(and dosage form):


CAPOZIDE 50/25 is a combination of
captopril 50 mg, designated chemically as D-3-mercapto-2-methylpropanoyl-L-proline (captopril), and 25 mg hydrochlorothiazide, a thiazide diuretic antihypertensive agent, per tablet.

Category A 7.1.3 - Other hypotensives.

CAPOZIDE 50/25 is a combination of an angiotensin-converting enzyme inhibitor (captopril) and a diuretic (hydrochlorothiazide).
With diuretic treatment, blood pressure and blood volume fall resulting in a rise in angiotension II levels which tend to blunt the hypotensive effect. Captopril blocks this rise in angiotensin II. Since captopril and hydrochlorothiazide lower blood pressure by different, though complementary mechanisms, their antihypertensive effects are additive, and, concurrent administration may permit the use of lower doses of each drug. Because captopril reduces the production of aldosterone, its combination with hydrochlorothiazide may also minimise diuretic induced hypokalemia. Captopril may also interfere with the degradation of the vasodepressor peptide, bradykinin. Increased concentrations of bradykinin or prostaglandin E2 may also have a role in the therapeutic effect of captopril.
Thiazides increase excretion of sodium and chloride in approximately equal amounts.Natriuresis causes a secondary loss of potassium and bicarbonate.
After oral administration of therapeutic doses of captopril, rapid absorption occurs with peak blood levels at about one hour. The presence of food in the gastrointestinal tract reduces absorption by about 30 to 40%; captopril should therefore be given one hour before meals. Average minimal absorption is approximately 75%. In a 24-hour period, over 95% of the absorbed dose is eliminated in the urine; 40 - 50% is unchanged drug.
Approximately 25 to 30% of the circulating drug is bound to plasma proteins . The apparent elimination half-life in blood is probably less than 3 hours. In patients with renal impairment, however, retention of captopril occurs.
Administration of captopril results in a reduction of peripheral arterial resistance in hypertensive patients with either no change, or an increase in cardiac output. There is an increase in renal blood flow following administration of captopril and glomerular filtration rate is usually unchanged. Reductions of blood pressure are usually maximal 60 to 90 minutes after oral administration of an individual dose of captopril. The duration of effect is dose-related and is extended in the presence of a thiazide-type diuretic. The full effect of a given dose may be attained after 6-8 weeks. The blood pressure lowering effects of captopril and thiazide-type diuretics are additive. Blood pressure is lowered to about the same extent in both standing and supine positions.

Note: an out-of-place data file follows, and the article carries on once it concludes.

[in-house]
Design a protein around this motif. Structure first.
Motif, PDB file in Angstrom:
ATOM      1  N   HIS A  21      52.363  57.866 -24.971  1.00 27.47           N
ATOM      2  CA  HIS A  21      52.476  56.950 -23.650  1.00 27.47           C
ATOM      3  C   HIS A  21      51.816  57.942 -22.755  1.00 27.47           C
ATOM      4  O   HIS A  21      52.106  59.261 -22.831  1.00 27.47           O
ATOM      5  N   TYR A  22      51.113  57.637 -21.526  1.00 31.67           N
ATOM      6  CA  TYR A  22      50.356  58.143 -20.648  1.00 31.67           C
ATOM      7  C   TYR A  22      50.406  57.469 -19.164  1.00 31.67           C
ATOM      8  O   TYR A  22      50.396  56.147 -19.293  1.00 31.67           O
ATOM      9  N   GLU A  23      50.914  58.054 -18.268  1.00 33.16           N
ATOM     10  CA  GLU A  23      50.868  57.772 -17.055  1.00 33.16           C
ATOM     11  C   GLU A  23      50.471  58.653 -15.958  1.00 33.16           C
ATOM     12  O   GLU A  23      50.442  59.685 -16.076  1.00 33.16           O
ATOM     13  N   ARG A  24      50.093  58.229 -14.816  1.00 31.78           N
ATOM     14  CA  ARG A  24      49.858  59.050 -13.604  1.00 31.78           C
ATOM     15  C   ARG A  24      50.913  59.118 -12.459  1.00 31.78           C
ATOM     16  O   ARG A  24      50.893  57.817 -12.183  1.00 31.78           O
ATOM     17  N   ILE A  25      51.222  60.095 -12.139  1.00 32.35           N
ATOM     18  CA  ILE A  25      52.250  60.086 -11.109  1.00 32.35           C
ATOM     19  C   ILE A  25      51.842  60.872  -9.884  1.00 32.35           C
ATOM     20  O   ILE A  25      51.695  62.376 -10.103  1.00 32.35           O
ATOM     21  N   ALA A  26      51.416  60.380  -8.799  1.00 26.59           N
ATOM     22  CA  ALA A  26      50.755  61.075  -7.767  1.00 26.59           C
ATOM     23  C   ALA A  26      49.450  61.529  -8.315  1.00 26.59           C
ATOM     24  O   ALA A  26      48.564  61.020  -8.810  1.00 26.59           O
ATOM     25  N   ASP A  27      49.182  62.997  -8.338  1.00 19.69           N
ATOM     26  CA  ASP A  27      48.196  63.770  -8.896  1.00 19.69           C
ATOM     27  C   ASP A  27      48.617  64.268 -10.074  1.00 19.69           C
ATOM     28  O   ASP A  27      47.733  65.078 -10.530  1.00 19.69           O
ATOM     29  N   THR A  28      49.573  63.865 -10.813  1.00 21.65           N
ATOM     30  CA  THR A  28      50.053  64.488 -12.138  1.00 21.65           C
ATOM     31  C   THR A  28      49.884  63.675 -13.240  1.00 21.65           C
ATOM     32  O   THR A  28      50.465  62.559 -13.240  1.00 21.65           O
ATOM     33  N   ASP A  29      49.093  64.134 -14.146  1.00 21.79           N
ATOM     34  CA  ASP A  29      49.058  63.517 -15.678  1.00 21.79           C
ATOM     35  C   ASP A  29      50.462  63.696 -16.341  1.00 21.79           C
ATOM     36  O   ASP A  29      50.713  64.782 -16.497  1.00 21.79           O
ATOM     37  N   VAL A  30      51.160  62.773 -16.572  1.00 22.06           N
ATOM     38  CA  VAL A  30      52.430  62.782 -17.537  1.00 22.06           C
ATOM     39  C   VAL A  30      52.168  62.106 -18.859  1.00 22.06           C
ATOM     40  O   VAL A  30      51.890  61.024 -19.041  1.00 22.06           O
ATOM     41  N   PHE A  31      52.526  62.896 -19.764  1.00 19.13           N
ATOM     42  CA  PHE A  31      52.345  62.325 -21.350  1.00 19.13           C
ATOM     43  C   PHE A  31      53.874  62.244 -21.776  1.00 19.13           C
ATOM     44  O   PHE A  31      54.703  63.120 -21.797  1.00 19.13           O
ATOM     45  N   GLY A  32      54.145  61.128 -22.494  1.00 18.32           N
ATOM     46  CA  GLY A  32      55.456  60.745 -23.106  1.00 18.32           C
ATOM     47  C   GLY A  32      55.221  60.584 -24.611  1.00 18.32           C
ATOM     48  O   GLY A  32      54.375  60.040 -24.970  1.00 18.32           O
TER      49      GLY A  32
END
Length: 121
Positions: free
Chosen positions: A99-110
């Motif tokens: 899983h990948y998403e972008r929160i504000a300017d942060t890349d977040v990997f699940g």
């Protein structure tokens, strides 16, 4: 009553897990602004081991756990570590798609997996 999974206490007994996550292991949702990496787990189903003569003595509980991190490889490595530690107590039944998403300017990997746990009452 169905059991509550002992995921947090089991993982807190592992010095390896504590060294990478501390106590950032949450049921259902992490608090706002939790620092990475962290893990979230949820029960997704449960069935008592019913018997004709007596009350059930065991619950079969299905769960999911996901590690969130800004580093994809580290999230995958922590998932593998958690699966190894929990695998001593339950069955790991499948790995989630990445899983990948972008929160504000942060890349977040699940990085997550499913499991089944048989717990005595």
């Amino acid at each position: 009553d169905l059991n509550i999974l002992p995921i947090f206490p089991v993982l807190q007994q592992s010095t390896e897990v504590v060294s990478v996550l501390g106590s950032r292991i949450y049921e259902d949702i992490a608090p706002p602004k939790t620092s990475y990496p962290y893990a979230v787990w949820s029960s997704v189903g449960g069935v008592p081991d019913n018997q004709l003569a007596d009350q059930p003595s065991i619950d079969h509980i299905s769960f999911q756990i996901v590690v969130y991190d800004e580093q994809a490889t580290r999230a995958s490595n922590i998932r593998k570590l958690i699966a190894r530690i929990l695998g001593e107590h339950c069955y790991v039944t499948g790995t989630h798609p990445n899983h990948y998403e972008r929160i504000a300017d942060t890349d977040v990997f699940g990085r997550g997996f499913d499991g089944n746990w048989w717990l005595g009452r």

Administration of hydrochlorothiazide results in an onset of diuresis in two hours and a peak effect at about four hours. Its action persists for approximately six to twelve hours. The mean plasma half-life has been reported to be approximately 2,5 hours. Hydrochlorothiazide is eliminated rapidly by the kidney, and excreted unchanged (>95%) in the urine.

CAPOZIDE 50/25 is indicated for the treatment of mild to moderate hypertension in patients who have been stabilised on the individual components given in the same proportions.

CAPOZIDE 50/25 is contraindicated in:
Patients with anuria or a hypersensitivity to captopril, or other angiotensin-converting enzyme inhibitors, thiazides, or any sulphonamide-derived drug.
Patients with a history of angioneurotic oedema relating to previous treatment with an ACE-inhibitor. (See WARNINGS).
Bilateral renal artery stenosis.
Severe renal and liver impairment.
Concomitant use of potassium-sparing diuretics.
Pregnancy and lactation.
Safety and effectiveness in individuals less than 18 years of age have not been established.

Should a woman become pregnant while receiving an ACE-inhibitor, the treatment must be stopped promptly and switched to a different medicine. Should a woman contemplate pregnancy, the doctor should consider alternative medication.
ACE-inhibitors pass through the placenta and can be presumed to cause disturbance in foetal blood pressure regulatory mechanisms. Oligohydramnios as well as hypotension, oliguria and anuria in newborns have been reported after administration of ACE-inhibitors in the second and third trimester. Cases of defective skull ossification have been observed.
Prematurity and low birth mass can occur.
Head and neck Angioedema:
Angioedema involving the extremities, face, eyes, lips, mucous membranes, tongue, glottis or larynx has been reported. Patients should be advised to immediately report to their physician any signs or symptoms suggesting angioedema (eg swelling of face, eyes, lips, tongue, larynx and extremities; difficulty in swallowing or breathing; hoarseness) and to discontinue therapy. If angioedema involves the tongue, glottis or larynx, airway obstruction may occur and be fatal. Emergency therapy, including but not necessarily limited to, subcutaneous administration of a 1:1000 solution of adrenaline should be promptly instituted. Swelling confined to the face, mucous membranes of the mouth, lips and extremities has usually resolved with discontinuation of captopril; some cases required medical therapy (see SIDE EFFECTS AND SPECIAL PRECAUTIONS).